New cardio accreditation at PRMC

Cardiovascular surgeons Bryan Waits, left, and Jason Loftin, center, are assisted in the Catheterization Center by Keefer Preece, right, cardiovascular technician.

Corazon, Inc., a national leader in services for the cardiovascular specialty based in Pittsburgh, Pa., has granted accreditation to the “Percutaneous Coronary Intervention” (PCI) program at Peterson Regional Medical Center.

Through a rigorous process, the accreditation proves that the program at PRMC has met or exceeded the societal guidelines of the American Heart Association, American College of Cardiology, and Society for Cardiovascular Angiography and Intervention.

“Angiography” can be defined as making pictures of blood vessels.

This accreditation is relative to offering PCI as a procedure, in a facility without open heart surgery in providing 24-hour coverage for PCI emergencies, undergoing detailed quarterly quality reviews to ensure outcomes and practices are met or exceed these national standards.

Two of the doctors in this department at PRMC are Bryan S. Waits, M.D., and Jason L. Loftin, M.D., assisted by Keefer Preece, cardiovascular technologist.

PRMC has demonstrated through their accreditation survey that they are committed to providing the highest quality level of care to their patient community, according to Corazon, Inc.

Their notification to PRMC said, “Their dedication, hard work and exceptional leadership has afforded this opportunity in engaging their entire hospital team, enhancing their cardiac service line, thus allowing them to excel through achieving this accreditation.”

Waits said the PRMC team in Kerrville now holds the only PCI certification between hospitals in San Antonio, Austin, San Angelo, El Paso and Lubbock.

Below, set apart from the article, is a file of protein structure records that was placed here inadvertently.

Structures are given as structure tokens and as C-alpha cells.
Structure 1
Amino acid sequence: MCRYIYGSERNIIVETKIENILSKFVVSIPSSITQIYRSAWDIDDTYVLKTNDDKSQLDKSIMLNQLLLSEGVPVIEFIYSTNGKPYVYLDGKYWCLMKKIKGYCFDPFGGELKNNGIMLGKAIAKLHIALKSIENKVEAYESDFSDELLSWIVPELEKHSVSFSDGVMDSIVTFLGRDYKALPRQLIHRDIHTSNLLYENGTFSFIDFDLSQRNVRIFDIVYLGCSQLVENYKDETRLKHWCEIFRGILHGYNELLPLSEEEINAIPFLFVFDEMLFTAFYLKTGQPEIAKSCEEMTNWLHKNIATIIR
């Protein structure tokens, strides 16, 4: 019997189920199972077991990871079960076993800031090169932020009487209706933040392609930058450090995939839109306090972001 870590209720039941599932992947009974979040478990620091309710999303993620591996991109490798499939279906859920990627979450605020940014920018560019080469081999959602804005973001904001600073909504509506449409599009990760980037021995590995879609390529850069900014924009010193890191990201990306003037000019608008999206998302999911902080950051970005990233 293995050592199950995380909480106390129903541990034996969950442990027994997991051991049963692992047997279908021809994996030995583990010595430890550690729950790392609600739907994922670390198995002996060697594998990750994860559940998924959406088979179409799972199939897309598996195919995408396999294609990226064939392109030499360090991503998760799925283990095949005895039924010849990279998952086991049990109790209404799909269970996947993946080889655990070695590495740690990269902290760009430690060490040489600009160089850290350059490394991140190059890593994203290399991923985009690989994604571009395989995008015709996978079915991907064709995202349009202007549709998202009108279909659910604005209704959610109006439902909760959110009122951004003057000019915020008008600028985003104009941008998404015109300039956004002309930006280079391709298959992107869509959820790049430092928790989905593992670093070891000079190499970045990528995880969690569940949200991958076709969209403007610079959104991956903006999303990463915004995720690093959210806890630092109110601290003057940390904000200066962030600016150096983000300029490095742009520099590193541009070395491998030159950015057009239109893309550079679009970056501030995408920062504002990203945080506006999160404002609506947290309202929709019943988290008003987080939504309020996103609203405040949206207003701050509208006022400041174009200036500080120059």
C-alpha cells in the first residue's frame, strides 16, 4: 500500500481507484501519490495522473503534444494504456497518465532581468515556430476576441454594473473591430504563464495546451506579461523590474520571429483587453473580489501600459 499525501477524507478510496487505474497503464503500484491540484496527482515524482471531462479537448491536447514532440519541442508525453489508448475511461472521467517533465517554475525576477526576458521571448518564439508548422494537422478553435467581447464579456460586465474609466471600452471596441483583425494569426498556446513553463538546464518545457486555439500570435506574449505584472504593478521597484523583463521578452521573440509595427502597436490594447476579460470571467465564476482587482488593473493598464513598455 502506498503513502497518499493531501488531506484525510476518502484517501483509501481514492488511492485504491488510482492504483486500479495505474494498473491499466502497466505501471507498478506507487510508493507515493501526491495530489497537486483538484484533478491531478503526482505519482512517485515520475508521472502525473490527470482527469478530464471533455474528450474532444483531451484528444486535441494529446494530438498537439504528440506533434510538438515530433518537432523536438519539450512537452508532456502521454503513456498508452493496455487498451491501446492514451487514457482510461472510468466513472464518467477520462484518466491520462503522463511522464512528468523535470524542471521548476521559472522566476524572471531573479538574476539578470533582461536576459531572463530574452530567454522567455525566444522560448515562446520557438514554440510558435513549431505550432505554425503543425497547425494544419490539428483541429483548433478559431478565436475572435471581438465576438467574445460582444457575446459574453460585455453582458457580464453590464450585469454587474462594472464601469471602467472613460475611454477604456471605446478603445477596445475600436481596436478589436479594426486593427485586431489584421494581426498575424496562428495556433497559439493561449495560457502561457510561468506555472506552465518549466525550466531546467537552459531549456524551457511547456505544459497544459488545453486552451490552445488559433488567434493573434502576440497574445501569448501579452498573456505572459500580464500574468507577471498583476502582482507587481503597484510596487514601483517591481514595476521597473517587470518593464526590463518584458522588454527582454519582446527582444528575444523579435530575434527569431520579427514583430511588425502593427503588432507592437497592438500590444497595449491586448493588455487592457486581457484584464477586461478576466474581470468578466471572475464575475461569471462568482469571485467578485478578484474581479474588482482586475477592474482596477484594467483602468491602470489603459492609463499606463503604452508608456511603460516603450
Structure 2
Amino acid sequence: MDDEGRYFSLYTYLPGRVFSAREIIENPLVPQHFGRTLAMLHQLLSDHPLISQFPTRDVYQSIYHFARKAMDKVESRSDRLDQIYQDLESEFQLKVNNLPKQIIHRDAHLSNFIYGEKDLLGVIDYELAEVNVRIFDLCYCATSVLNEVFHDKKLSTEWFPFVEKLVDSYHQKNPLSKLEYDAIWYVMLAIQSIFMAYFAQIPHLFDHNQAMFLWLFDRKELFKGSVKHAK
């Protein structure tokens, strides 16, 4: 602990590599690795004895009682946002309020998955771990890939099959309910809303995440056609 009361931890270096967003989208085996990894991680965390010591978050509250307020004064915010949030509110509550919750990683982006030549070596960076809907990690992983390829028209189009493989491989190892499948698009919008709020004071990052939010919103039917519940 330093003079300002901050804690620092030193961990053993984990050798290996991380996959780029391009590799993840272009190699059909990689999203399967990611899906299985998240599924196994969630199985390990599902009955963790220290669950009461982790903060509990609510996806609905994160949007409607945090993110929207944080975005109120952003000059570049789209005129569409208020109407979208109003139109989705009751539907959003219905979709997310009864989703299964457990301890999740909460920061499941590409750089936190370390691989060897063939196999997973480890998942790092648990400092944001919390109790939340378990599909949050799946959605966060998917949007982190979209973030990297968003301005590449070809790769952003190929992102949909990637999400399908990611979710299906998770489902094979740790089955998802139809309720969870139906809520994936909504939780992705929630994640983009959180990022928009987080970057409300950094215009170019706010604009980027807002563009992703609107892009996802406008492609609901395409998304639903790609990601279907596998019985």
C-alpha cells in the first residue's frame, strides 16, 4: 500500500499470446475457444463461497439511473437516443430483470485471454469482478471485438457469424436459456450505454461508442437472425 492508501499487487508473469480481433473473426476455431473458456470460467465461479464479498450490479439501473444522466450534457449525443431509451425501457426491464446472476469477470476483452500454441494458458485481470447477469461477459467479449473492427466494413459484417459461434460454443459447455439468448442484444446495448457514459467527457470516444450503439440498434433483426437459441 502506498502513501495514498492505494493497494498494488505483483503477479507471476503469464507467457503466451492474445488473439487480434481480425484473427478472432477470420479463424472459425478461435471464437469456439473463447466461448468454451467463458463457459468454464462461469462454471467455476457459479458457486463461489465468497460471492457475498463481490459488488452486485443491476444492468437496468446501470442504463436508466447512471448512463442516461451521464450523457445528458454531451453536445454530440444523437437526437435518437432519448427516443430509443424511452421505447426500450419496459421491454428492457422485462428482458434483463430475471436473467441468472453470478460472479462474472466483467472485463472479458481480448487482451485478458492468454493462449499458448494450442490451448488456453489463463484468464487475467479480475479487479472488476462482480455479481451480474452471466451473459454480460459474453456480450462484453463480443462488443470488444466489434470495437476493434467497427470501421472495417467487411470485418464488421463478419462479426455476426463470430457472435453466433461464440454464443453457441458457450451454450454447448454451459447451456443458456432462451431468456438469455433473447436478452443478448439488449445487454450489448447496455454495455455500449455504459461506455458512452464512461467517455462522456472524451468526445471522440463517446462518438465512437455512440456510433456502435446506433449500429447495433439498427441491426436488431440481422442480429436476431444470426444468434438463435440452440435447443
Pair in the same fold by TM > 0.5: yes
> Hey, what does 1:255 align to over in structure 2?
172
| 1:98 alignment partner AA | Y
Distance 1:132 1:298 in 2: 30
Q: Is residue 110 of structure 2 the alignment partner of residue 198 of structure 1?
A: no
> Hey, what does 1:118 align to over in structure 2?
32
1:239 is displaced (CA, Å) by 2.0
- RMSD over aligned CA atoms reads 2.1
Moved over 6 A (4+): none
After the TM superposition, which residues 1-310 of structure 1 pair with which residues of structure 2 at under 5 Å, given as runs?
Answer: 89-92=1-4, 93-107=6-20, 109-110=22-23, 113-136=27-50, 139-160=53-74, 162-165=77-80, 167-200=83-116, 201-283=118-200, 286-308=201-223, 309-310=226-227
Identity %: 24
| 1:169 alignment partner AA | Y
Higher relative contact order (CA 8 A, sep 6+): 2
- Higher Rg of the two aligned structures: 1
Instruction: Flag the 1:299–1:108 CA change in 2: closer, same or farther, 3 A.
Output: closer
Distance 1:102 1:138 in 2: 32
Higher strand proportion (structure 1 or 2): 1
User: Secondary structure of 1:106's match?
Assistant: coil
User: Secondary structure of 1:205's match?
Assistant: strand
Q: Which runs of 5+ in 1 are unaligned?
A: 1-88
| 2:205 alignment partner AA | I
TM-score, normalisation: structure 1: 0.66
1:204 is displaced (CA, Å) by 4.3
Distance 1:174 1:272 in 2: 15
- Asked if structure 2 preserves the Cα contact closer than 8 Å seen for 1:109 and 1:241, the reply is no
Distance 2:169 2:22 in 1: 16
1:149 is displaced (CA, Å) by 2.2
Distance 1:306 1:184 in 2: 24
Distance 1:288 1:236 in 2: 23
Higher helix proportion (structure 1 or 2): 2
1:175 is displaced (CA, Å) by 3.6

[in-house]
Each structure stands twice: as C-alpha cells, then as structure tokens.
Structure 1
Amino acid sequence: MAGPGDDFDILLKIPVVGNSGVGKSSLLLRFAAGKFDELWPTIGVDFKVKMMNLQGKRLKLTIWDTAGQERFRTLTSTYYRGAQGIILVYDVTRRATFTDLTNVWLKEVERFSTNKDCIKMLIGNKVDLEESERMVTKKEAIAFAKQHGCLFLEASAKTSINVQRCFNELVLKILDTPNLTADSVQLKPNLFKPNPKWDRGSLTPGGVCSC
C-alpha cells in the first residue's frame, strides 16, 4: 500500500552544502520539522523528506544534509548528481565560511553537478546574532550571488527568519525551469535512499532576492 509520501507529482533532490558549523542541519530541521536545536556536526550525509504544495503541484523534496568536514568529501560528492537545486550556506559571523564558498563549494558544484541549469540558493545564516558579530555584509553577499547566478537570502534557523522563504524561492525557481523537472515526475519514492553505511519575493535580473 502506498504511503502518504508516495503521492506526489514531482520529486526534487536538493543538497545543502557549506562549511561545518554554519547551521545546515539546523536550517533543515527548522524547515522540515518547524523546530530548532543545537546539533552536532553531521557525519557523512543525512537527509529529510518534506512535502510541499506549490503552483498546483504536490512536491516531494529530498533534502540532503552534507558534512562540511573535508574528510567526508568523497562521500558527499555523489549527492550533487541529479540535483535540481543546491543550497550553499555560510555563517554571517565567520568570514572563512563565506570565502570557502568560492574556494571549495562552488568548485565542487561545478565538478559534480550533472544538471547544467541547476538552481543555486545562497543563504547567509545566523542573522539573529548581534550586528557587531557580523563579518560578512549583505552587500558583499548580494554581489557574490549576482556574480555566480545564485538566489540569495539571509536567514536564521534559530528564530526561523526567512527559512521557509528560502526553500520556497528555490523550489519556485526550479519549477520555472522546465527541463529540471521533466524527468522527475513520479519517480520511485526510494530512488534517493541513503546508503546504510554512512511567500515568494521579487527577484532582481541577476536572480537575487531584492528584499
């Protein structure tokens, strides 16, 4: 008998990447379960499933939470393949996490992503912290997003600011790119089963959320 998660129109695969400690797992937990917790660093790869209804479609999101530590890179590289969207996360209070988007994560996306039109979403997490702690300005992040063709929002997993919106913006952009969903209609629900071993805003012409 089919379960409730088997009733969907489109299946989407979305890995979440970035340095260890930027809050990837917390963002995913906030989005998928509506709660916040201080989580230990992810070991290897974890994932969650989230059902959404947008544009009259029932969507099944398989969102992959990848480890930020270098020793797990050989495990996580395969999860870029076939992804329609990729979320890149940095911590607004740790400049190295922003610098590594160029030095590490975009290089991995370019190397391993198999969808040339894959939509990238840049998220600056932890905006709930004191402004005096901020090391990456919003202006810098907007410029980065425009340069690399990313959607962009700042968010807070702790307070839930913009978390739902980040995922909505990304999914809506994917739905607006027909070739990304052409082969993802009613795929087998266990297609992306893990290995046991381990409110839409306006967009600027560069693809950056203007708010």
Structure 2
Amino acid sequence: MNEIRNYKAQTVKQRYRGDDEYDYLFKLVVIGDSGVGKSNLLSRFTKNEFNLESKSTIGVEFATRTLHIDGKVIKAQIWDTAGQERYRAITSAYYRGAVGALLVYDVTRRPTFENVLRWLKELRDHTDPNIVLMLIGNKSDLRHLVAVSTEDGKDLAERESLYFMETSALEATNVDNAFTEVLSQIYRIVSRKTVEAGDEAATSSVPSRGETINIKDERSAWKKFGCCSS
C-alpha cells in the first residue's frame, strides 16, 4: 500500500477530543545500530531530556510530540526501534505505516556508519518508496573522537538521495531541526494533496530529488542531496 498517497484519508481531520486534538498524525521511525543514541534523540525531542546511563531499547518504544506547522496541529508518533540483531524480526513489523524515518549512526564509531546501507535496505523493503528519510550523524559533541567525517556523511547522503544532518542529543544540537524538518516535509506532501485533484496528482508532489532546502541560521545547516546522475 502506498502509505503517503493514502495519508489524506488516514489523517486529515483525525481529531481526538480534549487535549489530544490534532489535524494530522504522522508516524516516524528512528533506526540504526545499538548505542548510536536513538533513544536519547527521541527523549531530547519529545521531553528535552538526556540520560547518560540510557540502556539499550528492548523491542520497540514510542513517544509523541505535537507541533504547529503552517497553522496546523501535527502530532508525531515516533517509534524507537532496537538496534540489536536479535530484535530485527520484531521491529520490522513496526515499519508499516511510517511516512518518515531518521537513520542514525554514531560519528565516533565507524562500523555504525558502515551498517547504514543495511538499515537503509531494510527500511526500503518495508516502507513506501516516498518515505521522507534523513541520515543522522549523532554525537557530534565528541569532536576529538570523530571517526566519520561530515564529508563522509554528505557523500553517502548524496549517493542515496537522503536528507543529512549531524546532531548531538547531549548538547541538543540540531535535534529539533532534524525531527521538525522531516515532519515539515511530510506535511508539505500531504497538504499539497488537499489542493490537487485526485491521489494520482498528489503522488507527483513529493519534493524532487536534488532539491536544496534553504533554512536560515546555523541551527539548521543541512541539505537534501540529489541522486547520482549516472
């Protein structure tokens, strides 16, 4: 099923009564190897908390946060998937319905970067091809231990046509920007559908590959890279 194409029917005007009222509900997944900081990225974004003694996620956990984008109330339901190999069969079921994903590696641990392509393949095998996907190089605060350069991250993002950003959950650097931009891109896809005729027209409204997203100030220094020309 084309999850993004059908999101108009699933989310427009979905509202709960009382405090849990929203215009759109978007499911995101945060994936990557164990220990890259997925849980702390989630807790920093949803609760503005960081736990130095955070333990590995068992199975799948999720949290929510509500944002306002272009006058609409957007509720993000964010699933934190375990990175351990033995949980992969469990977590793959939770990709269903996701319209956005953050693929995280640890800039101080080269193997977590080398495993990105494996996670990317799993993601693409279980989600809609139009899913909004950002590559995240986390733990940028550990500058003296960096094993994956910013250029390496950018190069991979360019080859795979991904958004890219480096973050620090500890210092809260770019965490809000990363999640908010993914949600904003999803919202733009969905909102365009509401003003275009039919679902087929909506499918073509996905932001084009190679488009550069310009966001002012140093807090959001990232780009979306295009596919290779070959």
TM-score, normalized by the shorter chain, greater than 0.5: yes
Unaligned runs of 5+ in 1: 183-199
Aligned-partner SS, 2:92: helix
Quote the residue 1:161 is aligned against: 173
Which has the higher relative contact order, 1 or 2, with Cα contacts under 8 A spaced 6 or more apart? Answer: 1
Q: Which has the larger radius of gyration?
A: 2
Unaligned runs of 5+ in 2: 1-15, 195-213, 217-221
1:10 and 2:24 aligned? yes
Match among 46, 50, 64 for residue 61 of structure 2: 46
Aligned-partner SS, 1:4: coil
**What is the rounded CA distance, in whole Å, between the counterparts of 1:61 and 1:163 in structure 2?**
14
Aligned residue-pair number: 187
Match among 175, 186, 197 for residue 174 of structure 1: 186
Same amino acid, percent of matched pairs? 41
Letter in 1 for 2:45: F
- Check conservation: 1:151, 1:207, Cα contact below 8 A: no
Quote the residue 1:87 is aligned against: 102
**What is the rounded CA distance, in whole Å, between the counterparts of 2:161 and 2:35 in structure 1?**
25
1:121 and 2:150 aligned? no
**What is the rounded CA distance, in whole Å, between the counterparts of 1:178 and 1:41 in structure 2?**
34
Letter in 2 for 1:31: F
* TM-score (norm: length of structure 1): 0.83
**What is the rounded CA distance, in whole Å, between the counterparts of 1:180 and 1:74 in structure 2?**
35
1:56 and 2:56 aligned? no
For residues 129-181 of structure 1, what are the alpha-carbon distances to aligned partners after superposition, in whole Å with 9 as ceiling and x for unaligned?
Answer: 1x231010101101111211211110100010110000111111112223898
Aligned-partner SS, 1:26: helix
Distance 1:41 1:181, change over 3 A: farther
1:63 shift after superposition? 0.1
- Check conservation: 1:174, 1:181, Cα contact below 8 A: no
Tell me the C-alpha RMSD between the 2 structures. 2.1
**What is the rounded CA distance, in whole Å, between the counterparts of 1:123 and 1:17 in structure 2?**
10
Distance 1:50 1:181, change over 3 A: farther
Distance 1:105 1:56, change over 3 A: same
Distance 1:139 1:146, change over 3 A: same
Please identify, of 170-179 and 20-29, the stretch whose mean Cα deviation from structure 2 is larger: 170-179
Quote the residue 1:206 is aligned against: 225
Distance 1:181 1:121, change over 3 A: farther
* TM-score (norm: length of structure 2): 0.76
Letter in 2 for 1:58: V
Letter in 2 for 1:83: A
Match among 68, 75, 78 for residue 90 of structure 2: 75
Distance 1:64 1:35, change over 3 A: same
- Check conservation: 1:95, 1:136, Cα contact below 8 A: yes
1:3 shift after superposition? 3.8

Waits and Loftin said coronary interventions first began to be used in the 1970s, a procedure to dialate blood vessels during a coronary emergency, but it didn’t always work.

There was an improvement in the procedure when they could “crimp” the vessels with stents, and create a scaffold for the vessels. Waits said this idea was born on somebody’s kitchen table.

“In the beginning, this procedure was done in specialized cardiac surgery centers, until it became safe enough about 10 years ago to be done in a non-surgery center,” he said.

The doctors said in their world, a STEMI is used for a 100-percent block in an artery; and when this is done within 90 minutes of the blockage, it’s usually successful.

“Now Kerrville heart patients stay here for their care – no ambulance or medical helicopter to San Antonio. And now we’re treating patients from across at least five other nearby counties,” Waits said. “We are committed to provide the best quality care in the community.”

He and Loftin said Corazon, Inc., does the evaluation of all the parts of the PRMC program, including the laboratory equipment; proper order sets; tertiary care agreements; clinical staff education and credentials; then clinical analyses to be compared to other sites’ programs.

The PRMC facility submits data to the American College of Cardiology for their data registry.